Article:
Why do I have intermittent and unreliable MIL-STD-1553 message data?
This is often due to improper cable termination. The following is an explanation of correct cable termination and coupling.
The 1553 spec (MIL-STD-1553B, para. 184.108.40.206 "Cable termination") states that "The two ends of the cable shall be terminated with a resistance, equal to the selected cable nominal characteristic impedance (Zo) +-2.0 percent.". A 1553 bus consists of a length of cable, terminated at both ends with a resistance. Connections to the bus are made using either direct- or transformer-coupling. These couplings provide a "stub" which connects to the Remote Terminal, Bus Controller, or Bus Monitor. Only one device should be connected to a single stub... multiple devices require multiple stubs, for example:
Termination 1553 Bus Cable Termination Resistance ----------------------------------- Resistance | | | Coupler Coupler Coupler | | | | | | (Stubs) | | | Device 1 Device 2 Device 3
People often use transformer coupling, since direct coupled stubs should be less than 1 foot long (para. 220.127.116.11.2), while transformer coupled stubs can be up to 20 feet.
Although the 1553 bus is robust (and often operates correctly in the face of massive mis-connections), very strange errors can result from incorrect coupling or termination of the bus. Many 1553 encoders/decoders (including Condor's) rely on the fact that the bus is "dead" between the command from the BC and the response from the RT (4-12 microseconds) for correct operation. This dead time is what tells the decoder that the BC has stopped transmitting, and has not gotten into a fault condition like transmitting too many bits.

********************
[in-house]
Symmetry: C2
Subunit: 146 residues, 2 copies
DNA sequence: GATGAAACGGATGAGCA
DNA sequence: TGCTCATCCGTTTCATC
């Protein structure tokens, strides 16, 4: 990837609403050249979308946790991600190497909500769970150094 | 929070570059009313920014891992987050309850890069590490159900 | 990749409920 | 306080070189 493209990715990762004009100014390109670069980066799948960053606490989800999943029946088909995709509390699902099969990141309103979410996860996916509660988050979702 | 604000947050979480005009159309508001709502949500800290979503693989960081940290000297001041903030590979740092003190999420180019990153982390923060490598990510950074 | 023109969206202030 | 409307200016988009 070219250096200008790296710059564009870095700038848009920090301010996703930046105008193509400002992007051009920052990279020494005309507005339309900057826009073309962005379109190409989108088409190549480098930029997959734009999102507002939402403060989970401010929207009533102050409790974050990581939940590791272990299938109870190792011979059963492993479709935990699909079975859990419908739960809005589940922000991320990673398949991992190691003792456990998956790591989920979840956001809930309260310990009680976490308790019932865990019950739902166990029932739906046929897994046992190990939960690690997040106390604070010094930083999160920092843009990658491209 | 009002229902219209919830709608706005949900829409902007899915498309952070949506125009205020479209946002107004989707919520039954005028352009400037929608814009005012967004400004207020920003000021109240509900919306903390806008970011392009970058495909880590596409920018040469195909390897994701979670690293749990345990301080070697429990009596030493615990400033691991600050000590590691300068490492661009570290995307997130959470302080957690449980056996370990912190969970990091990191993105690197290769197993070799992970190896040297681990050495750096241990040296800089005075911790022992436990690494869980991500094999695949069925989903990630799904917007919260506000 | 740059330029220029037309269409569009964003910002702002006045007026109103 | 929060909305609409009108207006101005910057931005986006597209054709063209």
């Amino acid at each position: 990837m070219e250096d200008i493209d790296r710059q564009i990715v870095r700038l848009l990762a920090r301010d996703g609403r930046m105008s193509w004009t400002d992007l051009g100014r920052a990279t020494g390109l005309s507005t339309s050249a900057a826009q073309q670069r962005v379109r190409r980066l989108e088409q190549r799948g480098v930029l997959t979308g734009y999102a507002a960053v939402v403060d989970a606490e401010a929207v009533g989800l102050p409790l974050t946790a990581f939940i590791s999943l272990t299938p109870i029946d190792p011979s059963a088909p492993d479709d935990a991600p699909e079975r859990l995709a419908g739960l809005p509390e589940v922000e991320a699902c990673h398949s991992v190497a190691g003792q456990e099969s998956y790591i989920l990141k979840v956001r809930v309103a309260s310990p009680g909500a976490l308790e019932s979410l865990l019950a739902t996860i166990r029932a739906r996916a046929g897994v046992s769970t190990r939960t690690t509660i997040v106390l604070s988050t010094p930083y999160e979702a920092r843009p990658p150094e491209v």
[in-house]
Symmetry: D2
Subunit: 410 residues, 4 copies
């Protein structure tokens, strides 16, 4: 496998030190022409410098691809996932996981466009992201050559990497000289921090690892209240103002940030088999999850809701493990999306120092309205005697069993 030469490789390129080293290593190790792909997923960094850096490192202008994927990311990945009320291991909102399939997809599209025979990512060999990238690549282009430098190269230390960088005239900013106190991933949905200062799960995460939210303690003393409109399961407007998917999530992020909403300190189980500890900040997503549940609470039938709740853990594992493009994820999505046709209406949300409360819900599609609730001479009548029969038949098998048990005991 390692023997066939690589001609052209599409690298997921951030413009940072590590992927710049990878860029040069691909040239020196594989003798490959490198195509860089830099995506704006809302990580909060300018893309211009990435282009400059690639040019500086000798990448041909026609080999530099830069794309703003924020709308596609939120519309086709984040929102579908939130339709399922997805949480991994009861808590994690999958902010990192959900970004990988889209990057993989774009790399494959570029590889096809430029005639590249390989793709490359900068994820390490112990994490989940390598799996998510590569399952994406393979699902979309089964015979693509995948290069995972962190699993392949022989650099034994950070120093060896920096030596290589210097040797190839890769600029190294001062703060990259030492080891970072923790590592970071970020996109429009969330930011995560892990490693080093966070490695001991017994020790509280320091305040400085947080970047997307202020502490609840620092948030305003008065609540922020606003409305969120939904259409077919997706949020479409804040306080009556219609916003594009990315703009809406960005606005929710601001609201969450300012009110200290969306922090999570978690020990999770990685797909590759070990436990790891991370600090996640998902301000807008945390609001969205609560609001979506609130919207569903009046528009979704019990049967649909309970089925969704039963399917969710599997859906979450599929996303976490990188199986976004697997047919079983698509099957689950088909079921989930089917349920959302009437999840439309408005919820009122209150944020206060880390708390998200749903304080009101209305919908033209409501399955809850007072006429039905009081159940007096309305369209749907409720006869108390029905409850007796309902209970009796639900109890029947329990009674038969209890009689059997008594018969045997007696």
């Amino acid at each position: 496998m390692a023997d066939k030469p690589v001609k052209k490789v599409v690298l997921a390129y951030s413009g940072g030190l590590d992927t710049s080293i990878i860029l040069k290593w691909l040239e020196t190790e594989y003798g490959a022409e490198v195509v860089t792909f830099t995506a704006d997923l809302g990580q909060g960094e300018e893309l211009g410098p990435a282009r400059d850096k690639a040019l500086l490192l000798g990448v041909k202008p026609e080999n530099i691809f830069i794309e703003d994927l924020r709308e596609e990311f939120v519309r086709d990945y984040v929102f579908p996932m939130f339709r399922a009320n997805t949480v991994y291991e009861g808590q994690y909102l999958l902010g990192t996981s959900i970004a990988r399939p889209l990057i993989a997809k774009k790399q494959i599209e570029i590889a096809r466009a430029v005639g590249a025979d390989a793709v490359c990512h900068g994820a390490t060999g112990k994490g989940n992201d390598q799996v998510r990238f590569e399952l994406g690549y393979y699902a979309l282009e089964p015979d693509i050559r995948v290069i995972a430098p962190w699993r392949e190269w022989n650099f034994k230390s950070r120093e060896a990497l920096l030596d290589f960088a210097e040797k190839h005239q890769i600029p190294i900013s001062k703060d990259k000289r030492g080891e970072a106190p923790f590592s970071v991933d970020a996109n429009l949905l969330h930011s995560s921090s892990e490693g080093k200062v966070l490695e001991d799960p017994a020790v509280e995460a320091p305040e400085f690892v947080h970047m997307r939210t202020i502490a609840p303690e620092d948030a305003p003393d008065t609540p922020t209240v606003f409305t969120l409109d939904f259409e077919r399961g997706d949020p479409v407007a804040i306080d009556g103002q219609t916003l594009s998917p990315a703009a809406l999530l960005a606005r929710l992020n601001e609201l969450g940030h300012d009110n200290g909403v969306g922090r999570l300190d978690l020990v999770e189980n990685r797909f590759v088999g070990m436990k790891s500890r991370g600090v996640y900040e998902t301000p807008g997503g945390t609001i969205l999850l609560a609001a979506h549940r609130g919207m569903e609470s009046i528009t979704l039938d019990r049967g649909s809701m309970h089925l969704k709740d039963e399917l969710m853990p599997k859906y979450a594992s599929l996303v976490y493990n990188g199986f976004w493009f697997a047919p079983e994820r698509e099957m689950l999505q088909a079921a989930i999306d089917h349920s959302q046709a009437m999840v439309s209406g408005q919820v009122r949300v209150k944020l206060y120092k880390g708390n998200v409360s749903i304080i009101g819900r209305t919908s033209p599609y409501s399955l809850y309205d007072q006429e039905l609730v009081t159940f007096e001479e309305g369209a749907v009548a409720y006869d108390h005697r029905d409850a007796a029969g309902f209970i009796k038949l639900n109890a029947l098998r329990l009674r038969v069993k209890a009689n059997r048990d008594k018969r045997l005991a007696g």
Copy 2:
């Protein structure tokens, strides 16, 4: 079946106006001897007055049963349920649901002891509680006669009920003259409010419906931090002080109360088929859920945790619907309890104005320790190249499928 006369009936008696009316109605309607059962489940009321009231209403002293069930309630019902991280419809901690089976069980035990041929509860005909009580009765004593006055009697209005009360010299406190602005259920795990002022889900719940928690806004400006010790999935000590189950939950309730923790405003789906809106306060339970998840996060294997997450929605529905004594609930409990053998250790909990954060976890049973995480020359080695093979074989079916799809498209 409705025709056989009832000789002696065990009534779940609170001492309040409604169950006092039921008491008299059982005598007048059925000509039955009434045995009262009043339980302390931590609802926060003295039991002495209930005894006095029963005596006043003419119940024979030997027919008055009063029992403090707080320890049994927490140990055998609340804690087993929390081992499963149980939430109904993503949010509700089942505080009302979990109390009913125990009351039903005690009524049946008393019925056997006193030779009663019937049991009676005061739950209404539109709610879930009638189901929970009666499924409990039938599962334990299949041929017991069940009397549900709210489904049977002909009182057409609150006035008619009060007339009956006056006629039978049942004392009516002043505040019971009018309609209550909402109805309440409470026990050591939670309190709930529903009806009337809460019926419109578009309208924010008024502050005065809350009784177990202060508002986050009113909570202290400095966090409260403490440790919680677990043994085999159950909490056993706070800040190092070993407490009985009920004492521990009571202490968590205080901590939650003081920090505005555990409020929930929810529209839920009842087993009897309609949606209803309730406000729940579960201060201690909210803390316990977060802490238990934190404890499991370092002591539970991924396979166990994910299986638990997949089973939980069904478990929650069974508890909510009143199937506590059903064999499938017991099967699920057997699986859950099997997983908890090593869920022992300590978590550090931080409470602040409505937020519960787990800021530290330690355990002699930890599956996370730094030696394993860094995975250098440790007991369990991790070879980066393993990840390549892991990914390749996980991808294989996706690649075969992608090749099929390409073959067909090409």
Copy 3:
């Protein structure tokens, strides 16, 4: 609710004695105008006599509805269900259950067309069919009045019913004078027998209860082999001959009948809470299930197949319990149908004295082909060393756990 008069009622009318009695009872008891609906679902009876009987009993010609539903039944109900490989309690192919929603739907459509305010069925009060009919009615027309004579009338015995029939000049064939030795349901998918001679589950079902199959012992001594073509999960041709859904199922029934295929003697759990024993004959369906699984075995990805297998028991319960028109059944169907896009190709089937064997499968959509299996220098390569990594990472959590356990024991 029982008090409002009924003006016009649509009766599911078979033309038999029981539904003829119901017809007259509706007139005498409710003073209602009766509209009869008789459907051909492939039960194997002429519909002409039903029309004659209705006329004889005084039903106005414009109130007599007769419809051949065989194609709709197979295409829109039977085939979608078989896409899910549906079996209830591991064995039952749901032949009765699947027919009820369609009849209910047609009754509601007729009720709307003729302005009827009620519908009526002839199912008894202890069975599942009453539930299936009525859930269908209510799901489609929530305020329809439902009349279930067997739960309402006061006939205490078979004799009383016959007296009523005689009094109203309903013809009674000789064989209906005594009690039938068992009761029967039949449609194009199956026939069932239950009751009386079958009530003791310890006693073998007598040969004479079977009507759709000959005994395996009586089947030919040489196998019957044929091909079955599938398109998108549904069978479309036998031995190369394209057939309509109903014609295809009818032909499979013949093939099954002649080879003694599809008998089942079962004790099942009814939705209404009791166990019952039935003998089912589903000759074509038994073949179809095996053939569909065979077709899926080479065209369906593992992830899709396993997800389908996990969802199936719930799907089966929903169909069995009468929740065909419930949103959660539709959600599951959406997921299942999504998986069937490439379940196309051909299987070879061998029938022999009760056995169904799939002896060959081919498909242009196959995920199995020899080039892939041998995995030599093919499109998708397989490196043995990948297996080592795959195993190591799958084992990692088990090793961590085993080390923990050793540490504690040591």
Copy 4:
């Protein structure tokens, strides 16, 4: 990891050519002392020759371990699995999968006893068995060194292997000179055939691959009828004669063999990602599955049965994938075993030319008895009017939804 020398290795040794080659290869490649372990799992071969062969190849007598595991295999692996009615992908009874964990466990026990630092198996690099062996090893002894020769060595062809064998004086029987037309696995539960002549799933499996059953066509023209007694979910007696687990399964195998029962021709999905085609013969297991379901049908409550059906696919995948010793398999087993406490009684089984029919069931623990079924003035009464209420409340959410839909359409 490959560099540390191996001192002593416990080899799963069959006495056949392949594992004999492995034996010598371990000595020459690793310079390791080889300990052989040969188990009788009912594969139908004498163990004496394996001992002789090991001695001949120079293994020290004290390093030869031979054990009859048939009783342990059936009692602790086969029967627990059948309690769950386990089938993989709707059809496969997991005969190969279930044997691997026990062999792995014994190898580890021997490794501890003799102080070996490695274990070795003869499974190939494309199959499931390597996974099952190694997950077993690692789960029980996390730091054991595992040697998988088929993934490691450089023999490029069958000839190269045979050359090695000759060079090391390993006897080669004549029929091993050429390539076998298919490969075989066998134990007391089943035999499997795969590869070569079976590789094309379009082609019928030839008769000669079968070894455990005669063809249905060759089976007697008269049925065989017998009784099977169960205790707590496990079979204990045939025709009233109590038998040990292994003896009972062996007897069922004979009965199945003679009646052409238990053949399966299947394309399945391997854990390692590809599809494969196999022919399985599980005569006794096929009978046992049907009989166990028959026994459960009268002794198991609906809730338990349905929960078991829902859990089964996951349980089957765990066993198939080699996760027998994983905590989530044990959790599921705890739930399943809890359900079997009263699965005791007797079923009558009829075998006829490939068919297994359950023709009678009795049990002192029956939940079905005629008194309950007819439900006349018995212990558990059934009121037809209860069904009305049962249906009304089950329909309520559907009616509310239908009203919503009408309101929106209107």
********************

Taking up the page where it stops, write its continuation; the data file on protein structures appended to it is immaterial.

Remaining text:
If there is ringing on the bus (caused by improper termination) a bus monitor has no way to determine when a command completes and the response starts, especially since a command word and a status word have exactly the same format on the bus. The only difference between a command word and a status word on the bus is that a status word is transmitted in response to a command word, e.g., the difference is in the timing. Ringing prevents a bus monitor from determining that timing difference, and un-explainable errors are reported. One common response is to associate the RT status response with the command word from the BC, thus reporting both a bad command word and no response from the RT.
If such responses are detected, you should check for an un-terminated bus.
The real problem is that the BC and the RT might be "happy" on an improper bus. A BC or a RT which is not designed to catch and report bus errors might ignore the ringing, since, for example, the BC already knows when the RT is supposed to respond, and is often "dead" during the ringing interval. Also, depending on the coupling setup, the ringing might have enough amplitude to trigger the Bus Monitor, but not enough amplitude to trigger the BC or RT (depending on where everything is physically located on the bus).